You have probably never heard of Lothar Kreyssig—I hadn’t until recently. Yet, after hearing his story, I realized Kreyssig was a hero for our times: a man whom, at almost unbelievable risk, stood up for the sanctity of human life.
In October, 1939, the Third Reich created what came to be known as the “Action T4” program. In furtherance of what the Nazis called “racial hygiene,” Reich bureaucrats, working with doctors, were authorized to identify and kill those deemed to be “unworthy of life,” that is, institutionalized patients with “severe disabilities.”
Of course, expressions like “unworthy” and even “severe” are subjective. In reality, they were a license for mass murder. Hitler called for at least 70,000 people to be killed under this program, so doctors and officials set about meeting the Fuhrer’s quotas.
Fearing domestic and international reaction, the Nazis tried to hide what was going on: they lied to patients’ families and, fore-shadowing Auschwitz, they disguised the gas chambers as showers.
When I think of what happened to those people, especially the children—some like my autistic grandson, Max—it breaks my heart—horrifies me.
The Nazis also took pains to provide a patina of legality to the murders: Hitler personally ordered German judges not to prosecute doctors for killing their patients. And that’s where Kreyssig comes in: He was a highly regarded judge in his native Saxony.
But he was more than a judge—Kreyssig was a leader in the Confessing Church, which resisted the Reich’s efforts to “Nazify” protestant churches. To be a Confessing Churchman, never mind a leader, was to live with a bull’s-eye painted on your back.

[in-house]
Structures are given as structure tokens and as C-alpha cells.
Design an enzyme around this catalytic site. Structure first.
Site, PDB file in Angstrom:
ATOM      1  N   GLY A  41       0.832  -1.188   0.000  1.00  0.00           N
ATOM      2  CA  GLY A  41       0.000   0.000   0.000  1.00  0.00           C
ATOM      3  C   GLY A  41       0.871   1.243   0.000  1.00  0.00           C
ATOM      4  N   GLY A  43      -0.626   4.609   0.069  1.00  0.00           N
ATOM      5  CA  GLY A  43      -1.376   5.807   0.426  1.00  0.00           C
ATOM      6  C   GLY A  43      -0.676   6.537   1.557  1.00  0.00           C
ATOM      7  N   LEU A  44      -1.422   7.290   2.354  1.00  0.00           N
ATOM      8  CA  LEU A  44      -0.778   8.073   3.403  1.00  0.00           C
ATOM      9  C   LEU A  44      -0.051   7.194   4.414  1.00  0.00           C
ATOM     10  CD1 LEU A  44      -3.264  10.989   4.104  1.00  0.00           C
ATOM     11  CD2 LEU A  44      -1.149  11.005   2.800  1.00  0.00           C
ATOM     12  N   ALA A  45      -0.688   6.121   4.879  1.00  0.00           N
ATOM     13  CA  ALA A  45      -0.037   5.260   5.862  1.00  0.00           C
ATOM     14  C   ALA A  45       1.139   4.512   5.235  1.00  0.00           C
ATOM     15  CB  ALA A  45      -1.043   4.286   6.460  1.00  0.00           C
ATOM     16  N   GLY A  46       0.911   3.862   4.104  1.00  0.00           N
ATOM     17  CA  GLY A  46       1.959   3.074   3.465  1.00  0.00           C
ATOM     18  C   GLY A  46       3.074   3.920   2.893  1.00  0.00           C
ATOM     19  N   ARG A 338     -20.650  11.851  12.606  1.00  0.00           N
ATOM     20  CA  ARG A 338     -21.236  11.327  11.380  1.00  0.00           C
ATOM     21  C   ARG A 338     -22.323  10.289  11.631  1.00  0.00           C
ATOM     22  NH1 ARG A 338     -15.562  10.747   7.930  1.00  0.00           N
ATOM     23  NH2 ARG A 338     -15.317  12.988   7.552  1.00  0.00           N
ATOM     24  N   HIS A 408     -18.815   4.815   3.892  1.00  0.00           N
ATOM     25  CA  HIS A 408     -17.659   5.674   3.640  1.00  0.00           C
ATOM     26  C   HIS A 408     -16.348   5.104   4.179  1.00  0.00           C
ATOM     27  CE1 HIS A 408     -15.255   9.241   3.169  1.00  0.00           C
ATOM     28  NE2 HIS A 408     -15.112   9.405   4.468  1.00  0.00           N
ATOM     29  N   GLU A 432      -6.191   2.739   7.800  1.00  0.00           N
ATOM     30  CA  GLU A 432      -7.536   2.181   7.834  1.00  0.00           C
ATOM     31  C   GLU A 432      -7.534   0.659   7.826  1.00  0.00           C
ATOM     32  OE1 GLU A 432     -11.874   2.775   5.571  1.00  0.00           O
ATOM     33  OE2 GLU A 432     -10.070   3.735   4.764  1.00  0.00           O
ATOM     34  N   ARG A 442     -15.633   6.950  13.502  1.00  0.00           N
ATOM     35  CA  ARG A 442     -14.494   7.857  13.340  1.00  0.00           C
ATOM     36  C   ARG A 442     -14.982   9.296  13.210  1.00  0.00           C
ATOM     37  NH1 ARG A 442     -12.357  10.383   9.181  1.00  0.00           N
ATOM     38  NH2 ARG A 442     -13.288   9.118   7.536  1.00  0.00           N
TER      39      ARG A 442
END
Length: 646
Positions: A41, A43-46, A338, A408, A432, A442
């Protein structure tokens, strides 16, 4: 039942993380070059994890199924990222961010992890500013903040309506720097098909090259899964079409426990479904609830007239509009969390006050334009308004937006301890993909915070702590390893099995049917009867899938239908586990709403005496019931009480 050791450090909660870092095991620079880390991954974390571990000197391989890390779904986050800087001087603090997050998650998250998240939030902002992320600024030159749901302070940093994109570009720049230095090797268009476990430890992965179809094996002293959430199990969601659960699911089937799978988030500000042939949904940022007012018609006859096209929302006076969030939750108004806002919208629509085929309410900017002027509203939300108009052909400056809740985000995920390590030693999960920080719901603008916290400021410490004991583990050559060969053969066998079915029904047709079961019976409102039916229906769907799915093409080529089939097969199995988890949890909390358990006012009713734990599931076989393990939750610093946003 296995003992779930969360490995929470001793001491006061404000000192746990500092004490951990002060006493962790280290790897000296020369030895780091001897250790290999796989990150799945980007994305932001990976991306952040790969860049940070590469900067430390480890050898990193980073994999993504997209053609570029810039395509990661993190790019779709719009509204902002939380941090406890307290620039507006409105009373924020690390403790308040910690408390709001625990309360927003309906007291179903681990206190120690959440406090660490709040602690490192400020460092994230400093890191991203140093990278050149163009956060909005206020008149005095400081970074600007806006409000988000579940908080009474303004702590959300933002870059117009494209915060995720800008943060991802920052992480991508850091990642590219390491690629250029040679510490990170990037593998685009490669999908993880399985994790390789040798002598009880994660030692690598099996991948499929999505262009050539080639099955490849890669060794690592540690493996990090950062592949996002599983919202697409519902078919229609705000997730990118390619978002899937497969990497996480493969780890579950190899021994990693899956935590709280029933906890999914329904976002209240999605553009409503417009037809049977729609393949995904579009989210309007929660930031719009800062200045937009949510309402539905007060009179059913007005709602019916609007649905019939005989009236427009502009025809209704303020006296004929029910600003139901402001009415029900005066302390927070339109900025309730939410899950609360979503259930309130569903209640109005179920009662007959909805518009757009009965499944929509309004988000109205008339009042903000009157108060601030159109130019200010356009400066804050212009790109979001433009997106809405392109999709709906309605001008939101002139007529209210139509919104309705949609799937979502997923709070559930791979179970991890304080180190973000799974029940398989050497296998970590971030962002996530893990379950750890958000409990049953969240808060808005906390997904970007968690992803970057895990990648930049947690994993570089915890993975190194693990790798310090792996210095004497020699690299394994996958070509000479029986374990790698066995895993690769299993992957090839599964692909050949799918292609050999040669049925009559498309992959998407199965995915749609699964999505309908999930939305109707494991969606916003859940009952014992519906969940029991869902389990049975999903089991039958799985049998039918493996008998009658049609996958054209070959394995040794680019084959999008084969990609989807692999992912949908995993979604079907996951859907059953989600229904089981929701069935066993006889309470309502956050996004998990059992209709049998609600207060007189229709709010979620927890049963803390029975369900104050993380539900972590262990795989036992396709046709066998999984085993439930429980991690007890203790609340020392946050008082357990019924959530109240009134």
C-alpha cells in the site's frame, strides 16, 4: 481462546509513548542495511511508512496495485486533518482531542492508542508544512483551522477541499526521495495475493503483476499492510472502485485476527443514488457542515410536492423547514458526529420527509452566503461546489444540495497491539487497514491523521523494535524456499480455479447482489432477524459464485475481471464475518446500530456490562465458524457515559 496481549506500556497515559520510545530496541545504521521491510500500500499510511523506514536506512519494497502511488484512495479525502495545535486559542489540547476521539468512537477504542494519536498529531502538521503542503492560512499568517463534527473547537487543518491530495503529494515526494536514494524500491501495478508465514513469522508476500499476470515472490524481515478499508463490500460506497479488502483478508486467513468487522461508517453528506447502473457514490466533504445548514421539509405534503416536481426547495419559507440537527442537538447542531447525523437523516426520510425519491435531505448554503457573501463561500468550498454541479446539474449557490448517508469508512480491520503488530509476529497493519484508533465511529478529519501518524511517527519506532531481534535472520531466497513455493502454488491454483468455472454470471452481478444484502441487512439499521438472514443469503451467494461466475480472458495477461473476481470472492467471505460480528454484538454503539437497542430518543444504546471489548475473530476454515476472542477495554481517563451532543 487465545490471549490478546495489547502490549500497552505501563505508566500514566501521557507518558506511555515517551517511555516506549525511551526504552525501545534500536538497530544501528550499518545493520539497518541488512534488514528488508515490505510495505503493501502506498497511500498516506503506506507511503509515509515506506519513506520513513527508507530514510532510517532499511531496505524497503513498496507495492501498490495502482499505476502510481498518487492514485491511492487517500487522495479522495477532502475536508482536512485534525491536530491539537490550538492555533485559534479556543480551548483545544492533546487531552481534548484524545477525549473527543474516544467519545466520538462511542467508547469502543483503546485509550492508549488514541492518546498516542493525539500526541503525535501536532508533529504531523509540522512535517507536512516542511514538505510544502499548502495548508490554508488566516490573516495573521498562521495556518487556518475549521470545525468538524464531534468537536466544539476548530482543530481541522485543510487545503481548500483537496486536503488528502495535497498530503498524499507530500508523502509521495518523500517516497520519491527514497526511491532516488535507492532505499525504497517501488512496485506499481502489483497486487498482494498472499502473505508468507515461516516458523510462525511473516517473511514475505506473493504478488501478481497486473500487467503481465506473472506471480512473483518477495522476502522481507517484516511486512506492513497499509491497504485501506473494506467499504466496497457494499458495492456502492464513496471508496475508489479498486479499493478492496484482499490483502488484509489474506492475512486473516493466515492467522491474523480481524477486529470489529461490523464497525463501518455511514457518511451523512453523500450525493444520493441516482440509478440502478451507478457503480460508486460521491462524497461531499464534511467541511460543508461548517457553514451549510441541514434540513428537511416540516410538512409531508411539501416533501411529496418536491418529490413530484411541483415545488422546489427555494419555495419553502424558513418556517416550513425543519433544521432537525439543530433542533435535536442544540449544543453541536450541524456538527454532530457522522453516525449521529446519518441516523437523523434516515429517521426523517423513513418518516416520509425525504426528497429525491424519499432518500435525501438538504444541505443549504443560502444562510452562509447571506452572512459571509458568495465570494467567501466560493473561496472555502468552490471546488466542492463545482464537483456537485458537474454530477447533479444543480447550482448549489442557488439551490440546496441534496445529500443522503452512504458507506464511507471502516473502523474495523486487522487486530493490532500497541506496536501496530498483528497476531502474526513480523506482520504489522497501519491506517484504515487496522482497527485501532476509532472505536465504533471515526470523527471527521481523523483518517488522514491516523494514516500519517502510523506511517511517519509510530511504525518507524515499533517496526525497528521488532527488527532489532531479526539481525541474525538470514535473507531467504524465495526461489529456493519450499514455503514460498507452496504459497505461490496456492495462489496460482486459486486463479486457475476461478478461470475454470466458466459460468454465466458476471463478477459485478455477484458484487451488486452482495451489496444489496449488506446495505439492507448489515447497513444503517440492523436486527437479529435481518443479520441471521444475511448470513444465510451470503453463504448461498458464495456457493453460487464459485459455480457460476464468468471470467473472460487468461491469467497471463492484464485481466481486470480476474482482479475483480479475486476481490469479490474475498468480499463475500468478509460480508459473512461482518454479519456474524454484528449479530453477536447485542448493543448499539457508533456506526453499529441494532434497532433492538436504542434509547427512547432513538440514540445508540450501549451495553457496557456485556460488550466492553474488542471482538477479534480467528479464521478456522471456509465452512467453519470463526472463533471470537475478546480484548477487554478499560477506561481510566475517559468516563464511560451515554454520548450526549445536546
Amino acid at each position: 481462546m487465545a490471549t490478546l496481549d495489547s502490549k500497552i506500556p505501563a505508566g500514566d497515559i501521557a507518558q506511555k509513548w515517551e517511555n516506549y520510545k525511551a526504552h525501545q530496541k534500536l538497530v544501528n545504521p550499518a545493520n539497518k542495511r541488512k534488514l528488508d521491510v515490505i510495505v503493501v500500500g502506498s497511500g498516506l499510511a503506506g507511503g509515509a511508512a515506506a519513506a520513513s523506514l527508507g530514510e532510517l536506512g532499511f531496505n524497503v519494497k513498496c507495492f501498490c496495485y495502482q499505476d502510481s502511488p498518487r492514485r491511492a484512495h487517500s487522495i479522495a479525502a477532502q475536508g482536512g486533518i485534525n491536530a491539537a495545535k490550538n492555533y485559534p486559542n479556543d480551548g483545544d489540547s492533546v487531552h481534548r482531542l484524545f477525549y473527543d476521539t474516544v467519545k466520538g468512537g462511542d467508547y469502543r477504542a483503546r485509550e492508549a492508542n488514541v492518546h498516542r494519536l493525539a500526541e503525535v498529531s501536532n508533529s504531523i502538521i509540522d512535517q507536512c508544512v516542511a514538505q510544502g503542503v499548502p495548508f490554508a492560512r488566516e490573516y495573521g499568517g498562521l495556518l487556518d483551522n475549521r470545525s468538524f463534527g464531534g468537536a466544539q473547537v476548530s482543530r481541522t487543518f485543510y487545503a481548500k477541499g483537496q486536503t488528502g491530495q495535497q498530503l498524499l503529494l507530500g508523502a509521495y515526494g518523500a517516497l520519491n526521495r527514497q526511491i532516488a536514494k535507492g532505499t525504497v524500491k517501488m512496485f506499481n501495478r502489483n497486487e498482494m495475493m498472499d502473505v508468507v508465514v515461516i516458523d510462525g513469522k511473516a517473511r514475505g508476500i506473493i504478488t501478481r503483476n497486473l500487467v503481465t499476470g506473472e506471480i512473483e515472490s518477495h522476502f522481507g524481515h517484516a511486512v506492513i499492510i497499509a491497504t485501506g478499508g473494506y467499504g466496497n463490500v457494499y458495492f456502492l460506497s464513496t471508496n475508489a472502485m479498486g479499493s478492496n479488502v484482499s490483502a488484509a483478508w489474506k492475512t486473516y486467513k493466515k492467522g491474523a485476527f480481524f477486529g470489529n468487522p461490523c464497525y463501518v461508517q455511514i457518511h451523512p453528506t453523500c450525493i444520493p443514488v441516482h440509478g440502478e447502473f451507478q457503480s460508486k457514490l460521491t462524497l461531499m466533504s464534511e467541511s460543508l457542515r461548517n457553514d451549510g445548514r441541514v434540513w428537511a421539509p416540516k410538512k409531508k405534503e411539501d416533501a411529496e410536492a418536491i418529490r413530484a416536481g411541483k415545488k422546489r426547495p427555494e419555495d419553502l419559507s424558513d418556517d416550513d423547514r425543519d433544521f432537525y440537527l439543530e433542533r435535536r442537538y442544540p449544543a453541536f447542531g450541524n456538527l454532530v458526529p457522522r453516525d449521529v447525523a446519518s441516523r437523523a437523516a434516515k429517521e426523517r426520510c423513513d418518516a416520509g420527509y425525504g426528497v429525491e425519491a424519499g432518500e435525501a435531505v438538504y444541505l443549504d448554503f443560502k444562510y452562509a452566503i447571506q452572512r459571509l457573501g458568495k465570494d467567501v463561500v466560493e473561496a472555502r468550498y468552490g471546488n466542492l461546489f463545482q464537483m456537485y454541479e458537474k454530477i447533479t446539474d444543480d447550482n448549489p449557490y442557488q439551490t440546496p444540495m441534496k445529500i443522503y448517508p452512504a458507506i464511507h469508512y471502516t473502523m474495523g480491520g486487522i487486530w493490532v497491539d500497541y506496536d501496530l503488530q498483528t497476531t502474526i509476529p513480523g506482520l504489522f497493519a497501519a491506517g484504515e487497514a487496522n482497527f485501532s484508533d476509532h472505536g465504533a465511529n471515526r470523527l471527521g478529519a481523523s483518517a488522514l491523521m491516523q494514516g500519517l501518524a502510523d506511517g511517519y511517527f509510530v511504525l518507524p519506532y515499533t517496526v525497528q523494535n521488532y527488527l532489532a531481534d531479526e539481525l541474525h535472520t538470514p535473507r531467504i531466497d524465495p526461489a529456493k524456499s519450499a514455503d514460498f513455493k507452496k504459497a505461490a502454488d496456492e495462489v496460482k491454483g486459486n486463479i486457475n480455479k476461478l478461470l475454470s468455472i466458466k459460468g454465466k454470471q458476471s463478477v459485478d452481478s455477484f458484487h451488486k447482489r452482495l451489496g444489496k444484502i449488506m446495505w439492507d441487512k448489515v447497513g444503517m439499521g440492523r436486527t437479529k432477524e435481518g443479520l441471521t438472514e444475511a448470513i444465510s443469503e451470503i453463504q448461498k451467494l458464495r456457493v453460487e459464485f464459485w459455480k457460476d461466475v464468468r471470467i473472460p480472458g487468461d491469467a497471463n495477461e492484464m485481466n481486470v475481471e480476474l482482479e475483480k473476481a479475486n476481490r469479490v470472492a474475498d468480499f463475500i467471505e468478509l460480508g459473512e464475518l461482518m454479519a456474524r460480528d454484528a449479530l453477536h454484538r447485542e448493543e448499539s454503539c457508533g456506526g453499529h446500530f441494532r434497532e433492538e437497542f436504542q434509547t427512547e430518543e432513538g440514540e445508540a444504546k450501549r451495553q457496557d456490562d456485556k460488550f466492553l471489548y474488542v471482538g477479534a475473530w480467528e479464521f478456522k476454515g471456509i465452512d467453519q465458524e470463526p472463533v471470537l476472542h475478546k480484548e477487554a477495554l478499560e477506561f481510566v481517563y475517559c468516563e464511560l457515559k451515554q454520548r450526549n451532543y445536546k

As more and more death certificates for mentally ill people crossed his desk, Kreyssig realized that something terrible was happening.
He wrote the Reich Minister of Justice protesting not only the Action T4 program but also the treatment of prisoners in concentration camps. He then charged a doctor with murder in connection with the deaths of his patients.
When he was called into the Minister’s office, where he was told that Hitler himself had authorized the program. To which Kreyssig replied: “The Führer’s word does not create a right.”
The courage to say that to a government official in Nazi Germany was extraordinary. Kreyssig was forced to retire. Although the Gestapo tried to get him sent to a concentration camp, fears over drawing attention to the T4 program probably saved Kreyssig’s life.
He spent the rest of the war at home tending to his farm and, oh yes, hiding Jews on his property.
The only judge to stand up to the Nazis outlived the “1000-year Reich” by forty-one years. Twenty years after his death, Germany held a memorial honoring his bravery and compassion.
In a culture where “go along to get along” was literally a survival strategy, Kreyssig refused to be silent. When the majority of German Potestants adapted the faith to the demands of the Reich, he refused to go along and made it clear that there was a higher law.
Thankfully, defending the sanctity of life nowadays doesn’t require anything like Kreyssig’s courage. But it does require courage. And it requires, as well, as an understanding of Whose Word does create a right.